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That other election to watch: Newfoundland and Labrador

By Tim Powers      

The Rock goes to the polls before school rises for the summer, but the large number of undecided voters means there’s no certainty about the outcome.

Liberal Dwight Ball has been premier of Newfoundland and Labrador since 2015. If historical norms were to continue, he might be more assured of another election victory this year. But like many other parts of Atlantic Canada, traditional patterns are now far from certain on the Rock, writes Tim Powers. The Hill Times photograph by Sam Garcia
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OTTAWA—This week the time has come for me to write on something other than the SNC-Lavalin Liberal mess. I just can’t muster the energy to swim any longer in that turd soup.

So what is the best thing to do when you are feeling worn down by federal politics? Look east. Canada’s Far East: Newfoundland and Labrador. My home province turned 70 this week and it will soon be headed to the polls.

Premier Dwight Ball last week told Newfoundlanders and Labradorians that a provincial election would be held before June 27, when school rises for the summer. Like many other provinces, Newfoundland and Labrador has a fixed election date, which was to be in the fall, right around the time of the federal vote, expected on Oct. 21. The prerogative exists to alter the date if conflicting circumstances arise. Right now, the troubles of the federal Liberals, who are closely aligned with Ball’s own Liberal Party, provide the right justification for the premier. If voters are going to be angry with Prime Minister Justin Trudeau in the fall, he wants no part of that. Even though the Liberal brand tends to be stronger in N.L., a little bit of de-risking never hurts.

But the premier’s march to the electorate is not without challenge, and this is different from the historical norm. Traditionally, Ball, as a Liberal premier who had beaten the Progressive Conservatives (the PCs had previously been in power for 12 years), would be sailing assuredly to re-election. Newfoundlanders and Labradorians have comfortably altered between either the Progressive Conservatives or the Liberals holding power for a decade or longer before making a change. But like many other parts of Atlantic Canada, traditional patterns are now far from certain on the Rock.

A poll released March 26 and done by the regionally respected research firm MQO found that a fully 56 per cent of the electorate was undecided. Among those voters who were decided, 21 per cent were for the Liberals, 18 per cent for the PCs, and a measly four per cent for the NDP. The poll surveyed 500 people, with a margin of error of plus or minus 4.4 per cent. Some N.L. polling we have done at Abacus Data has eerily similar numbers, including that giant undecided figure. Since the start of polling in Newfoundland and Labrador, it is difficult to find a period like this one when all the mainstream parties were being crushed by the “I don’t knows.”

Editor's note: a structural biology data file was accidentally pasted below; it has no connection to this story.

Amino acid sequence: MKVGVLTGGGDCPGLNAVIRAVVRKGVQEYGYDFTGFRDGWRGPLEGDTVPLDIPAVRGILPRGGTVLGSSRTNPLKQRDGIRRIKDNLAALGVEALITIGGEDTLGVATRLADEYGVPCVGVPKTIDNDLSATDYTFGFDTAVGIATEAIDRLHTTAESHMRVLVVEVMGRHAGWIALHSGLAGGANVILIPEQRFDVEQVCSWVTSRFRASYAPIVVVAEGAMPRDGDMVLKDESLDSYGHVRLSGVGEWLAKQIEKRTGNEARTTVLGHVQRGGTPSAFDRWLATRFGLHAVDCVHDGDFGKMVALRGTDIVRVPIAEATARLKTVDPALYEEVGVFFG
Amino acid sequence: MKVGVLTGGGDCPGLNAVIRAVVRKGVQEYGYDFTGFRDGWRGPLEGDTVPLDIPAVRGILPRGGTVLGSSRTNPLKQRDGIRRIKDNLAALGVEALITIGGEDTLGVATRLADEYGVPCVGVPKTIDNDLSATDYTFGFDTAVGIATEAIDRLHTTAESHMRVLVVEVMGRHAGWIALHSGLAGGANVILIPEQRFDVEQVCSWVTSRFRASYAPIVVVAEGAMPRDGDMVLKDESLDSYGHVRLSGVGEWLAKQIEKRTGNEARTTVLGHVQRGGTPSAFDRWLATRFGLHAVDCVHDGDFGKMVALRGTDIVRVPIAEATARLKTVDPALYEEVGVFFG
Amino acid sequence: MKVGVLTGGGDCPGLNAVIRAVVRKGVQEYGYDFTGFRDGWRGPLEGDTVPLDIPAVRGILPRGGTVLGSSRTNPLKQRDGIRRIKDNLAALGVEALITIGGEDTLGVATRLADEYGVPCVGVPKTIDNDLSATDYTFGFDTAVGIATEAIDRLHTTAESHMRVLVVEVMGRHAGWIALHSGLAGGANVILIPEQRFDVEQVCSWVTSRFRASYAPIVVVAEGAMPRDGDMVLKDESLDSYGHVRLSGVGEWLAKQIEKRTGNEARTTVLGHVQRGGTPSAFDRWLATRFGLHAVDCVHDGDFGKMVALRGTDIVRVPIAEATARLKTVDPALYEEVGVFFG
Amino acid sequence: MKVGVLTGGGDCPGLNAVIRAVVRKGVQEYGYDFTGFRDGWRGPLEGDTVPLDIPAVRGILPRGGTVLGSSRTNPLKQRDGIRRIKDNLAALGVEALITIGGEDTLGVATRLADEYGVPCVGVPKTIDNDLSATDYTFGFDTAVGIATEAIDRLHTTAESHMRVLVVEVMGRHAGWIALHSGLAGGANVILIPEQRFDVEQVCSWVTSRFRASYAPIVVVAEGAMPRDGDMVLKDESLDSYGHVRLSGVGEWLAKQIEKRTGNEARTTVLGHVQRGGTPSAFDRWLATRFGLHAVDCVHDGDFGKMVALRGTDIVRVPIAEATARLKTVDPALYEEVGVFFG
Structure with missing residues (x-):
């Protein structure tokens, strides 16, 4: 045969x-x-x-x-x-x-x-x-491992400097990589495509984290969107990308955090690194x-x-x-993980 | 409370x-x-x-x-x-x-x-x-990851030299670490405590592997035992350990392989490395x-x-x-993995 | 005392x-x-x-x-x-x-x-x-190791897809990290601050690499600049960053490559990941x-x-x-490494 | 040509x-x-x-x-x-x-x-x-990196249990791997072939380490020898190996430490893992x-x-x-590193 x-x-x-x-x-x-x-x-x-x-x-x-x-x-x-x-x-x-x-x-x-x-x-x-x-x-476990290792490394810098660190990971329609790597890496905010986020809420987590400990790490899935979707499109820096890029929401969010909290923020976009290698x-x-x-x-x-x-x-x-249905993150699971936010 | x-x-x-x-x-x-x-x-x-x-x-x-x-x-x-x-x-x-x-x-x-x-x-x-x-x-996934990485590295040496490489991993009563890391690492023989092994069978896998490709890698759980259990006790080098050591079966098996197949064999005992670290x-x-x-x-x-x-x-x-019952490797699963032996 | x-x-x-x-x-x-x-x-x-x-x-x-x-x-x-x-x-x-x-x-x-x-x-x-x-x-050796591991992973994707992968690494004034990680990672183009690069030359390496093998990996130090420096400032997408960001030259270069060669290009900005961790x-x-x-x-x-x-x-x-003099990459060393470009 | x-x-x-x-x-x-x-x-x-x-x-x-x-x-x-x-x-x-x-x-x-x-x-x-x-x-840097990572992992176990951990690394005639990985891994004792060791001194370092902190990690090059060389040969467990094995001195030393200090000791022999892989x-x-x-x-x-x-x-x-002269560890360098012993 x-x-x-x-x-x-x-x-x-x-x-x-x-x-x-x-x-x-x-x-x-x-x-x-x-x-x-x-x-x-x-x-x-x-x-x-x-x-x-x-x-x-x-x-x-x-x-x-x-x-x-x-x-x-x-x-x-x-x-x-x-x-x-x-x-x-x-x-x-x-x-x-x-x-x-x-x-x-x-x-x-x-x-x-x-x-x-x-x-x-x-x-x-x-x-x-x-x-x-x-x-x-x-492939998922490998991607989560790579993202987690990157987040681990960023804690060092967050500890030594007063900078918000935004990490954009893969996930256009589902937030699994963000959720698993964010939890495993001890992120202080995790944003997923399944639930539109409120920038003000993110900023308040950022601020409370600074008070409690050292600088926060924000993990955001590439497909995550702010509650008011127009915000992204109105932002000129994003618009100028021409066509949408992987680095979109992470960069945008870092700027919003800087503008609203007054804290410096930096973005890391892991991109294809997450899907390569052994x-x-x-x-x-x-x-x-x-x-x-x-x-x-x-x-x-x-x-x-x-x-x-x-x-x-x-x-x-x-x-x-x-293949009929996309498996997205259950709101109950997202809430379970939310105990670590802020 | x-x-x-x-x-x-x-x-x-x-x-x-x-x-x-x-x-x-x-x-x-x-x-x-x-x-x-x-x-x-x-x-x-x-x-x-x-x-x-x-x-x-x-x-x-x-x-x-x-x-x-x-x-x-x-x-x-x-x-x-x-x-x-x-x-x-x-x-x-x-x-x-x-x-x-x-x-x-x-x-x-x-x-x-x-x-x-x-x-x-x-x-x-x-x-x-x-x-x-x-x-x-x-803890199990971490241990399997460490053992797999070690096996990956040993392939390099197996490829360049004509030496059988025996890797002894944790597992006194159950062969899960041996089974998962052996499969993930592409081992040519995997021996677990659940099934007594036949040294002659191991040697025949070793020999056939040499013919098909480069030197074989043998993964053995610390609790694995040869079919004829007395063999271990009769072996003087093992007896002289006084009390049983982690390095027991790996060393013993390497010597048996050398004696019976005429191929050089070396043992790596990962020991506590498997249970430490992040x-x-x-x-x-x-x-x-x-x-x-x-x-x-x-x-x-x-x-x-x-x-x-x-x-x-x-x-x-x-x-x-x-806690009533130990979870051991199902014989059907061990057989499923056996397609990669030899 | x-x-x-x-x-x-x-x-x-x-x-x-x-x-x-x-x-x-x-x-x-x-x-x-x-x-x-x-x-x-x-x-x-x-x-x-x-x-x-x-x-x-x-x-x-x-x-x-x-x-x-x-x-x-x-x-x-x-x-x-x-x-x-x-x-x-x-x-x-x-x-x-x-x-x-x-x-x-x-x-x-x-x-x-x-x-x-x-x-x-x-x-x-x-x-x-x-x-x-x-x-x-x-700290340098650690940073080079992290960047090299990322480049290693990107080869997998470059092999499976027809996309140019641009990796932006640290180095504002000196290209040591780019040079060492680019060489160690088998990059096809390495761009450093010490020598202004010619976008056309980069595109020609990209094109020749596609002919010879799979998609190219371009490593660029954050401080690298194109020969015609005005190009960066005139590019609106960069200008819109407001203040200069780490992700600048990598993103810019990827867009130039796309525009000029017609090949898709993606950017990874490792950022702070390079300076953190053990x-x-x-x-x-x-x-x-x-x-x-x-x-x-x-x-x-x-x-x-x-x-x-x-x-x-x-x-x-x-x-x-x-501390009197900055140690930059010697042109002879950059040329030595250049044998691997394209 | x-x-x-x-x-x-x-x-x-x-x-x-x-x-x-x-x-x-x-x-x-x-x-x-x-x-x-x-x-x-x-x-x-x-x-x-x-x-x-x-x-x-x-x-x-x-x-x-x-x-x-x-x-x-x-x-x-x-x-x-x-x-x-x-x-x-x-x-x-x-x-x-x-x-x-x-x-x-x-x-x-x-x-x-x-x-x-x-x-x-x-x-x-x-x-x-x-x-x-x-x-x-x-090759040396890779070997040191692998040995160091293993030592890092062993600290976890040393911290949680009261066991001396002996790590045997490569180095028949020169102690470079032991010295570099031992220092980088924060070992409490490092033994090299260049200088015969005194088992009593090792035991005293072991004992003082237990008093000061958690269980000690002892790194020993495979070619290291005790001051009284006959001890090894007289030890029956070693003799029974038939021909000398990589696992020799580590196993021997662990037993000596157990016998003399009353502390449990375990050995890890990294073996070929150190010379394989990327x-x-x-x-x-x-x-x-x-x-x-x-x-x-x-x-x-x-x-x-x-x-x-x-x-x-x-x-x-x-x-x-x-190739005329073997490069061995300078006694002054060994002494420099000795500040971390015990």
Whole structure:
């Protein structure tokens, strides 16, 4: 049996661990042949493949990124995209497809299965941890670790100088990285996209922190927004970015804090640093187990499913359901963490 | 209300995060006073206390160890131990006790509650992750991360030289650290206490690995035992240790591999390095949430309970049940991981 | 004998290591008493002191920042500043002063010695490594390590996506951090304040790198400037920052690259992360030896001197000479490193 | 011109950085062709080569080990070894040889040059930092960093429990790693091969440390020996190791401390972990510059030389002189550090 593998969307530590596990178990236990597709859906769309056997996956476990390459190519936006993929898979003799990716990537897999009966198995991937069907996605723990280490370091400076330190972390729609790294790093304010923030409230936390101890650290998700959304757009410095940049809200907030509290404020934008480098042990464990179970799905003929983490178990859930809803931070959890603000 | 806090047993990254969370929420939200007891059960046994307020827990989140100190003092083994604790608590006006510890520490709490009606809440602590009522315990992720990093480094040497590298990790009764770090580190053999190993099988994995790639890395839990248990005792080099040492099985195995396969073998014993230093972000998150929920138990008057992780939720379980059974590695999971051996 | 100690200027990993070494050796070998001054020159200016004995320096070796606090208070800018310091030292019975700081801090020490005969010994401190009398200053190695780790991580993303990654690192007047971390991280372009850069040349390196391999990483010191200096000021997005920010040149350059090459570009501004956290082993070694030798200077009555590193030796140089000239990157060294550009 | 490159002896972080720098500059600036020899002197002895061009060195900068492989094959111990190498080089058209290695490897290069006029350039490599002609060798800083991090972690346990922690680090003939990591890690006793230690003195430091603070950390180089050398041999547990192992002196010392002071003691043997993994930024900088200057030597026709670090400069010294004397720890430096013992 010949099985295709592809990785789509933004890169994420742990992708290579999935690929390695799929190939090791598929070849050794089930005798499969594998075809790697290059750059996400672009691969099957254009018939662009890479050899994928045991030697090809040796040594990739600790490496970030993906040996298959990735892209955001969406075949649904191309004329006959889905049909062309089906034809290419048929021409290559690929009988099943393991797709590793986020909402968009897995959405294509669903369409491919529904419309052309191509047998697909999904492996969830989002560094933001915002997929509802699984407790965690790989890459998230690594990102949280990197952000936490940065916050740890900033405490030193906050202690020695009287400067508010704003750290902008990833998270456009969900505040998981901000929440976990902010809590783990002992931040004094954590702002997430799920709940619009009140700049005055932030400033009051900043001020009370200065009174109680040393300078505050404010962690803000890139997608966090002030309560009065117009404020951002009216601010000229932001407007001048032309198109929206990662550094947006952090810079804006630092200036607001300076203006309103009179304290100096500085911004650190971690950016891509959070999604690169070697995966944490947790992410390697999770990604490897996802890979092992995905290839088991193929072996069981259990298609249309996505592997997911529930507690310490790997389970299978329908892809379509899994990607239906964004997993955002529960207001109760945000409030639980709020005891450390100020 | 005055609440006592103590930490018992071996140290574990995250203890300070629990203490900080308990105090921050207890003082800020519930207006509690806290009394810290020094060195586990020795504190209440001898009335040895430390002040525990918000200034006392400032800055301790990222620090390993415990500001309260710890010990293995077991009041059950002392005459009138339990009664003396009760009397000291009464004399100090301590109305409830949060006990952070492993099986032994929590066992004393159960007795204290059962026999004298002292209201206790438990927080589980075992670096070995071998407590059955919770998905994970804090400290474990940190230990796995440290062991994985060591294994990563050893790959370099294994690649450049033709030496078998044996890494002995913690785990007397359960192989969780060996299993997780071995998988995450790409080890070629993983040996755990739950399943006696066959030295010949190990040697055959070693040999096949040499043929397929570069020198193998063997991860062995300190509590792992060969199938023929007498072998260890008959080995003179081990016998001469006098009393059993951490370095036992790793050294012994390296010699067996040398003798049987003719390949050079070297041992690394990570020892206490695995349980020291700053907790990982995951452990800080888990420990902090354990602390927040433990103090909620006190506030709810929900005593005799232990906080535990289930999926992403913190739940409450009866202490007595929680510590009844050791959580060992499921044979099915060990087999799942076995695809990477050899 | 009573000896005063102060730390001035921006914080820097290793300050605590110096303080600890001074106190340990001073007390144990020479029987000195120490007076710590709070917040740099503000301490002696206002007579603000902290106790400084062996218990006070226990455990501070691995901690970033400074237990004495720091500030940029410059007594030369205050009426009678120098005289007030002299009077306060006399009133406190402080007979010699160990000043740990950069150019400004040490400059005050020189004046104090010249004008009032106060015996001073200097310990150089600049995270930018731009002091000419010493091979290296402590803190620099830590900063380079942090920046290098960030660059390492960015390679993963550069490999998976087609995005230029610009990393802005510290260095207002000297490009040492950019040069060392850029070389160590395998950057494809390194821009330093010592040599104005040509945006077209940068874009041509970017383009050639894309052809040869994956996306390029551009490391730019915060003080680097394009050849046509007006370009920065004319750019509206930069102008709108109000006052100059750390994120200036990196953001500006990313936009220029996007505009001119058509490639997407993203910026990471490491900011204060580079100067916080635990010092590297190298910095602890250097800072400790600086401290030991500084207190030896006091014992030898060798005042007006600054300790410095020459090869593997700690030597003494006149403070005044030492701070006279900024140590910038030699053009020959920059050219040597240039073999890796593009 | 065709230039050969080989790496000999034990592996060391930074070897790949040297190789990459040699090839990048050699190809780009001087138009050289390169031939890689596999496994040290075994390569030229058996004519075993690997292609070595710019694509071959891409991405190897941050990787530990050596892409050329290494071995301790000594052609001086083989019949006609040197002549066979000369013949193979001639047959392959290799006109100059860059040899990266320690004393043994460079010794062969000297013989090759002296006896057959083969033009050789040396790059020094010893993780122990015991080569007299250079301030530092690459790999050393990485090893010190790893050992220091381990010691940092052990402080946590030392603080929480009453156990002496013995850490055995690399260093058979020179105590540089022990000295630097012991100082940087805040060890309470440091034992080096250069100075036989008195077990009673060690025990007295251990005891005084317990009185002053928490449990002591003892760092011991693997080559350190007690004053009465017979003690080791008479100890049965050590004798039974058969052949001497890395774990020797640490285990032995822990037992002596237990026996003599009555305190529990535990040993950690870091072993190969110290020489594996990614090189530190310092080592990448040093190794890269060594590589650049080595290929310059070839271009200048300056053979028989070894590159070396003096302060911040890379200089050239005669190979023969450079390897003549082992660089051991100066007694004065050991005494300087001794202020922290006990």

Like with the ongoing Alberta election campaign, it could be argued that this is a vital time in my province’s history, a pivotal moment. Hard choices need to be made about the province’s fiscal future and policy challenges that come with an aging population and less than ideal immigration patterns. Yet days away from an election, more than half of the electorate isn’t yet sure which party or leader to choose.

Both Ball and opposition PC Leader Ches Crosbie so far haven’t struck strong notes with the people. Neither is your normal N.L. chest-thumping politician. Their dispositions tend to be quieter—even reserved, by my province’s standards. That new normal, which should be welcome, appears to be causing brand confusion locally. After years of being conditioned that the loudest and the toughest is the best ballot option, that choice doesn’t exist now.

Full disclosure here: Crosbie is a cousin of mine and I worked for his father. But I have no role in his campaign.

As in many other parts of the country, voters are anxious about change and worried about their survival. Again, the high number of undecided voters suggests they aren’t yet seeing a shining light they are prepared to support.

Clearly, the premier believes he can provide just enough of the right guidance to the public to keep his government in office. That is not a certain bet when more voters are ambivalent about you than supporting you, after four years in office.

Someone with a dull roar is going to win the provincial election. It is going to be fascinating to see who gets the decibel count high enough to win voters’ support. The worst thing that could happen in N.L. is if the “I don’t knows” take it.

Tim Powers is vice-chairman of Summa Strategies and managing director of Abacus Data. He is a former adviser to Conservative political leaders.

The Hill Times

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